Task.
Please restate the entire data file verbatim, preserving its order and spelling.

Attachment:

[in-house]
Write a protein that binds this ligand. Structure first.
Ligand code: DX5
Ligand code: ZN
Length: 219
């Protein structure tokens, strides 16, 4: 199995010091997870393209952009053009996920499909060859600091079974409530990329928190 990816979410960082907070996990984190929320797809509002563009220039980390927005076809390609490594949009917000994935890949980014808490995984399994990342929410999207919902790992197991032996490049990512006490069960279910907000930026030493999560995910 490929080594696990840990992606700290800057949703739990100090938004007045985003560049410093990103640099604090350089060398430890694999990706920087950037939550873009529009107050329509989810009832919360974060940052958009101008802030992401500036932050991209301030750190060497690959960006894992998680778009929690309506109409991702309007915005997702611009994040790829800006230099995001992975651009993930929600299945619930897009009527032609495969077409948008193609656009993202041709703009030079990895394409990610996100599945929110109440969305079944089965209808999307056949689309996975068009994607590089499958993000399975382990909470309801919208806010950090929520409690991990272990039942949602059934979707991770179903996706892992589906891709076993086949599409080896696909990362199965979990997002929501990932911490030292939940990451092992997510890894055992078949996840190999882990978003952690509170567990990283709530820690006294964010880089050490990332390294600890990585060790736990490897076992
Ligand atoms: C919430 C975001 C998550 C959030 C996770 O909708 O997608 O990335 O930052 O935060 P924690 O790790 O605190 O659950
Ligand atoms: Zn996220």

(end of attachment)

[in-house]
Write a protein that binds this ligand. Structure first.
Ligand code: DX5
Ligand code: ZN
Length: 219
């Protein structure tokens, strides 16, 4: 199995010091997870393209952009053009996920499909060859600091079974409530990329928190 990816979410960082907070996990984190929320797809509002563009220039980390927005076809390609490594949009917000994935890949980014808490995984399994990342929410999207919902790992197991032996490049990512006490069960279910907000930026030493999560995910 490929080594696990840990992606700290800057949703739990100090938004007045985003560049410093990103640099604090350089060398430890694999990706920087950037939550873009529009107050329509989810009832919360974060940052958009101008802030992401500036932050991209301030750190060497690959960006894992998680778009929690309506109409991702309007915005997702611009994040790829800006230099995001992975651009993930929600299945619930897009009527032609495969077409948008193609656009993202041709703009030079990895394409990610996100599945929110109440969305079944089965209808999307056949689309996975068009994607590089499958993000399975382990909470309801919208806010950090929520409690991990272990039942949602059934979707991770179903996706892992589906891709076993086949599409080896696909990362199965979990997002929501990932911490030292939940990451092992997510890894055992078949996840190999882990978003952690509170567990990283709530820690006294964010880089050490990332390294600890990585060790736990490897076992
Ligand atoms: C919430 C975001 C998550 C959030 C996770 O909708 O997608 O990335 O930052 O935060 P924690 O790790 O605190 O659950
Ligand atoms: Zn996220």